patch_and_test.diff (2.8 KB) - added by Thomas_Moronez 7 years ago.
Sets attributes with property decorators to the class with a None value

Download all attachments as: .zip

Change History (10)

comment:1 Changed 9 years ago by Stephen Burrows

Needs tests: set
Triage Stage: UnreviewedAccepted

I can confirm that this bug exists. It happens with CharFields, but not ForeignKeys. I haven't actually checked, but I'm guessing that the problem lies in the use of contribute_to_class, which would mean that the attribute with the field's name would never actually be set on the class - and thus the property would not be overridden... If that is the problem, one possible solution would be to just always set the attribute with the field's name to None.

comment:2 Changed 9 years ago by teraom

Cc: teraom added

comment:3 Changed 8 years ago by metzlar@…

I made this work by defining the property dynamically inside the parent model definition:

class SomeTestModel(models.Model):
     some_field = models.CharField(max_length=100)
     class Meta:
         abstract = True
     def __new__(cls, *args, **kwargs):
         inst = models.Model.__new__(cls, *args, **kwargs)
         if cls is SomeTestModel:
             inst.other_field = property(lambda x: "[OTHER] %s" % getattr(x, 'some_field'))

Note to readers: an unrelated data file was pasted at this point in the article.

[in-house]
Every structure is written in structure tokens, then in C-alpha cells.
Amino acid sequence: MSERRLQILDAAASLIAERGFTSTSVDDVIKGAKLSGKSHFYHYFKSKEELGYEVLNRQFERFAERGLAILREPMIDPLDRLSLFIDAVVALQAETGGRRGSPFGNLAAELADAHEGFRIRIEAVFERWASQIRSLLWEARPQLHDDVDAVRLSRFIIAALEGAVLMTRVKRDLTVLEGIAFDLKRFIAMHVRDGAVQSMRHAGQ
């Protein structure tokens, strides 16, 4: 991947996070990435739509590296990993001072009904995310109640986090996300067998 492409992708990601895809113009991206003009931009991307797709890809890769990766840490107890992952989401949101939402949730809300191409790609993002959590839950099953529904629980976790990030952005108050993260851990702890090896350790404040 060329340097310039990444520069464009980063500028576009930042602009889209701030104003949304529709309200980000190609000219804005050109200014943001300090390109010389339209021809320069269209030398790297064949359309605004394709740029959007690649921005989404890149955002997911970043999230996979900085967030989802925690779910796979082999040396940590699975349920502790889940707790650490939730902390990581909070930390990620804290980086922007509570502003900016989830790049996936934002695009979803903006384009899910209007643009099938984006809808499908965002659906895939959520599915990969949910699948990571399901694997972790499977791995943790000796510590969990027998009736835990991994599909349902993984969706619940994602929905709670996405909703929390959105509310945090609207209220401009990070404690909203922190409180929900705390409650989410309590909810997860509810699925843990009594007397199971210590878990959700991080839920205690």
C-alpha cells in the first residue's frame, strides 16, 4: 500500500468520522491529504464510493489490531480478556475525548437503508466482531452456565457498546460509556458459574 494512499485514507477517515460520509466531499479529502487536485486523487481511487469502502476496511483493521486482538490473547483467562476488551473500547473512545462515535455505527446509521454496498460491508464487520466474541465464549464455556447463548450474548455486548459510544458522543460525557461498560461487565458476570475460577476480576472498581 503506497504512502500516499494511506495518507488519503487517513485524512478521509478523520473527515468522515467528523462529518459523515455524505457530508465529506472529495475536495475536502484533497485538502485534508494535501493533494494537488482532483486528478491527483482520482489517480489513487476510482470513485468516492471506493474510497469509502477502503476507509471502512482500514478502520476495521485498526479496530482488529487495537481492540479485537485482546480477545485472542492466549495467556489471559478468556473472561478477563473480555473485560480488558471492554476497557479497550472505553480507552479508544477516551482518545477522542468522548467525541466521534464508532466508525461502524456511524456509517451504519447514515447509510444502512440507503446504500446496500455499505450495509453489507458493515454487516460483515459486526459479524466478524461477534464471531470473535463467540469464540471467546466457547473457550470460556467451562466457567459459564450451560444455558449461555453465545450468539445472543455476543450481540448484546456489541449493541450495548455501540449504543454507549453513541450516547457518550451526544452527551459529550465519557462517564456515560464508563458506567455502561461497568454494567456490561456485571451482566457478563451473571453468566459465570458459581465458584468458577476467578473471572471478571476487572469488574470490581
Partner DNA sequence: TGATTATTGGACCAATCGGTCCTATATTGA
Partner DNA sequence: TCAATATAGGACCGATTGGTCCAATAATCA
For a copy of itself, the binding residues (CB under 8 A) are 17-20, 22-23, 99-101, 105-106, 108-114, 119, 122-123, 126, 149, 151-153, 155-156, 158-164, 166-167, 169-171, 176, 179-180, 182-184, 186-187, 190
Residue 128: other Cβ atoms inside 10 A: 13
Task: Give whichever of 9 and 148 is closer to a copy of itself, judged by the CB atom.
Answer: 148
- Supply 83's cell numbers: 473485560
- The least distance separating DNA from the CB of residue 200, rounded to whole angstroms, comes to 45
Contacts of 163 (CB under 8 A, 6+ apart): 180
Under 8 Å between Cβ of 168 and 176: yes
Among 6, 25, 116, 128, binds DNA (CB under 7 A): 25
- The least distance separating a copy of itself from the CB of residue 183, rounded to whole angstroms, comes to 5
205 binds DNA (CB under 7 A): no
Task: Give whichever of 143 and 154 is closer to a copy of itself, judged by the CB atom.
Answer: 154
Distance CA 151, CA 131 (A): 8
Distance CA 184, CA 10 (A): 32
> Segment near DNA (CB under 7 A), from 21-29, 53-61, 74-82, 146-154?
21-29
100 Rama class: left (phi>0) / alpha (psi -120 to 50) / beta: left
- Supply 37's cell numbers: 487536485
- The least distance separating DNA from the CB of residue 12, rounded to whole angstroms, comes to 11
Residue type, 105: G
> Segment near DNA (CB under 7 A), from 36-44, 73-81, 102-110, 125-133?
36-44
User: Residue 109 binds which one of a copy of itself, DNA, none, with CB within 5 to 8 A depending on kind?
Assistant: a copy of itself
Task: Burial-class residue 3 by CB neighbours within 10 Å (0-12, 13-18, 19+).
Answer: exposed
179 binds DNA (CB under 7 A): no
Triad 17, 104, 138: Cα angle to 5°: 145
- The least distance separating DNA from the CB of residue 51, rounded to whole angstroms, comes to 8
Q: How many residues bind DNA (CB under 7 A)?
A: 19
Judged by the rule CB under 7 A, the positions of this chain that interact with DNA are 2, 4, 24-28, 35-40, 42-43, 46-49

return inst

comment:4 Changed 8 years ago by Thomas_Moronez

Owner: changed from nobody to Thomas_Moronez
Status: newassigned

comment:5 Changed 7 years ago by Thomas_Moronez

Has patch: set
Needs tests: unset

Added a try ... except statement that throws a more descriptive error message. That way the user can know the error lies within the use of the @property descriptor and can simply modify the name of the field.

comment:6 Changed 7 years ago by Carl Meyer

I don't think the proposed error-reraising is a good idea. For one thing, we can't be sure that the AttributeError is in fact due to a property from an abstract base class, it could be due to a definition of __setattr__, a metaclass, or possibly other even more diabolical things. For another, when we can avoid it it's a bad idea to obscure the original traceback by catching one exception and raising another one in its place.